|Nutritional Guidelines (per serving)|
|Amount per serving|
|% Daily Value*|
|Total Fat 0g||0%|
|Saturated Fat 0g||0%|
|Total Carbohydrate 4g||1%|
|Dietary Fiber 0g||0%|
|*The % Daily Value (DV) tells you how much a nutrient in a food serving contributes to a daily diet. 2,000 calories a day is used for general nutrition advice.|
The espresso martini is one of the most popular cocktails in the modern bar. Credited to Dick Bradsell at Fred's Club in London, it was supposedly created in the 1980s at the request of a fashion model who wanted an energizing cocktail. Made with vodka, coffee liqueur, and chilled espresso, the espresso martini certainly fits the bill, and its simplicity allows you to replicate it at home.
Since its debut, there have been many variations on the espresso martini. This particular recipe adds crème de cacao to the mix. The sweet chocolate liqueur gives the spiked coffee cocktail a mocha-like taste that makes it even more irresistible. Skip that ingredient if you like and explore the other substitutions to find your ideal espresso martini.
This delicious and caffeinated vodka martini is a great after-dinner drink. It's also a perfect happy hour cocktail when you need a little pick-me-up.
- 1 1/2 ounces vodka
- 3/4 ounce coffee liqueur
- 1/4 ounce crème de cacao
- 1 ounce chilled espresso
- Garnish: 3 coffee beans
Gather the ingredients.
In a cocktail shaker filled with ice, pour the vodka, coffee liqueur, crème de cacao, and espresso.
Shake very well to achieve the characteristic frothy texture on top.
Garnish with coffee beans. Serve and enjoy.
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- As with any vodka martini, the vodka you choose will determine the overall quality of the drink. However, the coffee and chocolate are decadent flavors, and there are some fantastic budget-friendly vodkas available that work well in this drink.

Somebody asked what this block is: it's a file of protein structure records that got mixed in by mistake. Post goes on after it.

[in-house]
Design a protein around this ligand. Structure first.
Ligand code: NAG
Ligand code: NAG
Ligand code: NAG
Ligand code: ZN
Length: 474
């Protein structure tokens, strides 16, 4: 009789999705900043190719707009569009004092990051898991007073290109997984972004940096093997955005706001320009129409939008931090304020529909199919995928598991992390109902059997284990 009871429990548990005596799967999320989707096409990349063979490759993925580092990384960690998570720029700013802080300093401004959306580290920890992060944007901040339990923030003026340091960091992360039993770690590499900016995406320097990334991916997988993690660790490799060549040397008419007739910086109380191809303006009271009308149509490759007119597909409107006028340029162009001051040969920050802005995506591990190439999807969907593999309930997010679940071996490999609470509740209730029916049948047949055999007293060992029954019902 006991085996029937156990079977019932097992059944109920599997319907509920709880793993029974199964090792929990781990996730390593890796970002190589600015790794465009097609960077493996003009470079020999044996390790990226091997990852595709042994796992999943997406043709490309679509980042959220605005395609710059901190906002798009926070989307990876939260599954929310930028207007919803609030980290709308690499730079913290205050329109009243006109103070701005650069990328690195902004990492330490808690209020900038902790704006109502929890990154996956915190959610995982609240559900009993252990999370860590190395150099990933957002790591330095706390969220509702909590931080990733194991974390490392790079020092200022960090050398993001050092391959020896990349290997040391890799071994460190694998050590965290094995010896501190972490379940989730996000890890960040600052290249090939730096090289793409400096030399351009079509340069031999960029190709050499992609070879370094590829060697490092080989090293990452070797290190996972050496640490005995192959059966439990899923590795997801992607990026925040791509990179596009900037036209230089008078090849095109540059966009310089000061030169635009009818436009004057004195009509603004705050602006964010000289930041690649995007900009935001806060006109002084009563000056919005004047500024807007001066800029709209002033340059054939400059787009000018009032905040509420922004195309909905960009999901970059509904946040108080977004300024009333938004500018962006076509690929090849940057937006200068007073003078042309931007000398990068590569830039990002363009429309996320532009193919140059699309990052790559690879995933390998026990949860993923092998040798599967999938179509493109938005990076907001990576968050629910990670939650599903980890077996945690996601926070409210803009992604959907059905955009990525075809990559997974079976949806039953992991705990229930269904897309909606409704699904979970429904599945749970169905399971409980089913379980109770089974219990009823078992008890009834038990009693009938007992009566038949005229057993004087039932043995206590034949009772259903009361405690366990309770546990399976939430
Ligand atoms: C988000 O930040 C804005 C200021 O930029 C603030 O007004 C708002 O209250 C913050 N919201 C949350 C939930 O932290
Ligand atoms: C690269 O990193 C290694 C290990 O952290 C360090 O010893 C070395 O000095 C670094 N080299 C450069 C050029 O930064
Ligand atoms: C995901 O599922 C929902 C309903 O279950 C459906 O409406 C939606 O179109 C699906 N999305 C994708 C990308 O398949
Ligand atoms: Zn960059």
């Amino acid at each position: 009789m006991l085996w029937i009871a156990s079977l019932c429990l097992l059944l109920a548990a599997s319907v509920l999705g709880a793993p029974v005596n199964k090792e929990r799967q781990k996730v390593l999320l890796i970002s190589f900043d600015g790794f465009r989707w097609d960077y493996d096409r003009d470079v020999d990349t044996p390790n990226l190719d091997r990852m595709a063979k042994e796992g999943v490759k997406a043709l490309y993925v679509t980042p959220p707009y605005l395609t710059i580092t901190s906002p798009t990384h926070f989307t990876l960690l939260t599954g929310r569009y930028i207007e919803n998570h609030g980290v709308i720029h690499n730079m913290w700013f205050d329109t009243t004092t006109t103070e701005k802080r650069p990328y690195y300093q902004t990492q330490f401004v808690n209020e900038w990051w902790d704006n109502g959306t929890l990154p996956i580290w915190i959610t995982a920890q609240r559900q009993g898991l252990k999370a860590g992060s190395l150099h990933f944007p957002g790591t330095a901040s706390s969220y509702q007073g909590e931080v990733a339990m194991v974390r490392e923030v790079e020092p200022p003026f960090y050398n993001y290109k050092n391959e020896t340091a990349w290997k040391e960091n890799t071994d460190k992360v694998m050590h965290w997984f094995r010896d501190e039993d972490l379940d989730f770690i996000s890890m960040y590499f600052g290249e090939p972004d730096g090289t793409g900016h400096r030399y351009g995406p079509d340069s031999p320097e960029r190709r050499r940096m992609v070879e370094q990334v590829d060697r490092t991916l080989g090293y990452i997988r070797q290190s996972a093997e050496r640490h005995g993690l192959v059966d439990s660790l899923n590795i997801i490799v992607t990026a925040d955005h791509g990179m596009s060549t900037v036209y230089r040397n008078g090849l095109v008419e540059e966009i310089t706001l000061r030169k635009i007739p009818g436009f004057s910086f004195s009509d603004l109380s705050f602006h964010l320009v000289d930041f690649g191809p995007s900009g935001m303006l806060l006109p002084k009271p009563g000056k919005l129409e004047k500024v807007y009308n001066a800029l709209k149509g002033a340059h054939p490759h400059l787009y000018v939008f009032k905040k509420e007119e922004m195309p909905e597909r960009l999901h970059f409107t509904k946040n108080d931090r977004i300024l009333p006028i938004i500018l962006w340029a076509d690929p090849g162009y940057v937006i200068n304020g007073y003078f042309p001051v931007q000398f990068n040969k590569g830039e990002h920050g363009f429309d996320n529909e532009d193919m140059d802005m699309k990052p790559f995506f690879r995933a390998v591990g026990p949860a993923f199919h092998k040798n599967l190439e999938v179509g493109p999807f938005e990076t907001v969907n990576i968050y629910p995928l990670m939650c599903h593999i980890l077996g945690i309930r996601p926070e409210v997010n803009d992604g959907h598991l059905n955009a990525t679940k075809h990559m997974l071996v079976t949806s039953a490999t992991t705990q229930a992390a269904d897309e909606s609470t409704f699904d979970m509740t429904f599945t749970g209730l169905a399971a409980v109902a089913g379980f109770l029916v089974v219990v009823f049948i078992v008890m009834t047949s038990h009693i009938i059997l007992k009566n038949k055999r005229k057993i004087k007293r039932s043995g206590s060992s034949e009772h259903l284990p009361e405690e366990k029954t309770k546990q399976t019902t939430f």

- The espresso is the most important ingredient. If you have an espresso machine, pull a few shots, and put them in the freezer for a quick chill. It's important to add cold espresso to the shaker, or your ice will melt too quickly.
- No espresso machine? Brew coffee in a stovetop espresso pot, or use a ready-to-drink espresso or cold-brew coffee concentrate.
- Many espresso martini recipes use as much as 1 ounce of simple syrup instead of chocolate liqueur. Some coffee liqueurs can be too sweet for this substitution and really don't need any additional sweetener. Eliminate the chocolate liqueur or start with 1/4 ounce of syrup to maintain a balanced drink.
- Kick your espresso martini up another notch and use an espresso-flavored vodka.
- Skip the crème de cacao and start with chocolate vodka, adding 1/4 ounce more to make up for the liqueur. Vanilla vodka works as well.
- Light and vanilla rums are good vodka substitutes in the espresso martini.
- Give the martini a latte-like feel with a 1/4 to 1/2 ounce of Irish cream, another cream liqueur, or half and half. Dairy milk substitutes—particularly vanilla almond milk—work well, too.
How Strong Is the Espresso Martini?
Between the caffeine and alcohol, the espresso martini is not a gentle cocktail. Average for martinis, the alcohol content falls in the 23 percent ABV (46 proof) range.
Which Coffee Liqueur Is Best for an Espresso Martini?
Kahlúa is typically the go-to coffee liqueur for the espresso martini, but there are other options. Tia Maria is a well-known and popular alternative that's not as sweet. You can also try the coffee liqueurs from brands like Firelit, Leopold Bros., New Deal, or St. George Spirits. If you're feeling crafty, make your own coffee liqueur.
How Do You Make the Espresso Martini Frothy?
The frothy top is one of the best parts of an espresso martini. It gives it that coffee shop feel, just like a shot of espresso. To ensure it appears on your martini, use freshly brewed (but chilled) espresso, shake the cocktail very well, and strain it into the glass quickly.